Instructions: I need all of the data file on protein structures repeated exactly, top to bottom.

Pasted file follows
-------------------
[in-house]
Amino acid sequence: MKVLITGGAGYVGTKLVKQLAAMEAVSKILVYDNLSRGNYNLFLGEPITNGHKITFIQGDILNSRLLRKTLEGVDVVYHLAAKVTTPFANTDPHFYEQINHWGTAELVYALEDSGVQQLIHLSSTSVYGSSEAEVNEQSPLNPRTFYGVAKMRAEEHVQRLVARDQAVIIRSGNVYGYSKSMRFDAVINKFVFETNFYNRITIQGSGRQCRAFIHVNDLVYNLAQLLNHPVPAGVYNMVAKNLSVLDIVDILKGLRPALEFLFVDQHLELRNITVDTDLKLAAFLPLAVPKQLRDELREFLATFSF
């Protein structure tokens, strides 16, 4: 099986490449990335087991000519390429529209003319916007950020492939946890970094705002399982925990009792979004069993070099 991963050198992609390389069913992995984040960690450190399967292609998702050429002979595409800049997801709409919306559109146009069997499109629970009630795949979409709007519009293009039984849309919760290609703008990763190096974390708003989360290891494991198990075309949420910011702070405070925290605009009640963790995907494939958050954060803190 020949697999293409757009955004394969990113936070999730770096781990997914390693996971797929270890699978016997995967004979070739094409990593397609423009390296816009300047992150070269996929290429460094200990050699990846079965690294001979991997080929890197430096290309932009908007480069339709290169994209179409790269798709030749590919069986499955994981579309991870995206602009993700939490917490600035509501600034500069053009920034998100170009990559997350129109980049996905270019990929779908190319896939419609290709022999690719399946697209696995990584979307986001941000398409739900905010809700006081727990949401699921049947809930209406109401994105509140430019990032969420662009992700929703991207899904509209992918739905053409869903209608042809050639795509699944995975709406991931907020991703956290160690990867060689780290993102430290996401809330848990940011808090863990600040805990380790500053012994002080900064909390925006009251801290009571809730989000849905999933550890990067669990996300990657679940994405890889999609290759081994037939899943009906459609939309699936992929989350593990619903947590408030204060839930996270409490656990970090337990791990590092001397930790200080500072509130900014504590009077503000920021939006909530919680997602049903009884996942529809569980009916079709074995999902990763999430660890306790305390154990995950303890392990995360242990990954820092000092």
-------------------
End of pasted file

[in-house]
Amino acid sequence: MKVLITGGAGYVGTKLVKQLAAMEAVSKILVYDNLSRGNYNLFLGEPITNGHKITFIQGDILNSRLLRKTLEGVDVVYHLAAKVTTPFANTDPHFYEQINHWGTAELVYALEDSGVQQLIHLSSTSVYGSSEAEVNEQSPLNPRTFYGVAKMRAEEHVQRLVARDQAVIIRSGNVYGYSKSMRFDAVINKFVFETNFYNRITIQGSGRQCRAFIHVNDLVYNLAQLLNHPVPAGVYNMVAKNLSVLDIVDILKGLRPALEFLFVDQHLELRNITVDTDLKLAAFLPLAVPKQLRDELREFLATFSF
């Protein structure tokens, strides 16, 4: 099986490449990335087991000519390429529209003319916007950020492939946890970094705002399982925990009792979004069993070099 991963050198992609390389069913992995984040960690450190399967292609998702050429002979595409800049997801709409919306559109146009069997499109629970009630795949979409709007519009293009039984849309919760290609703008990763190096974390708003989360290891494991198990075309949420910011702070405070925290605009009640963790995907494939958050954060803190 020949697999293409757009955004394969990113936070999730770096781990997914390693996971797929270890699978016997995967004979070739094409990593397609423009390296816009300047992150070269996929290429460094200990050699990846079965690294001979991997080929890197430096290309932009908007480069339709290169994209179409790269798709030749590919069986499955994981579309991870995206602009993700939490917490600035509501600034500069053009920034998100170009990559997350129109980049996905270019990929779908190319896939419609290709022999690719399946697209696995990584979307986001941000398409739900905010809700006081727990949401699921049947809930209406109401994105509140430019990032969420662009992700929703991207899904509209992918739905053409869903209608042809050639795509699944995975709406991931907020991703956290160690990867060689780290993102430290996401809330848990940011808090863990600040805990380790500053012994002080900064909390925006009251801290009571809730989000849905999933550890990067669990996300990657679940994405890889999609290759081994037939899943009906459609939309699936992929989350593990619903947590408030204060839930996270409490656990970090337990791990590092001397930790200080500072509130900014504590009077503000920021939006909530919680997602049903009884996942529809569980009916079709074995999902990763999430660890306790305390154990995950303890392990995360242990990954820092000092």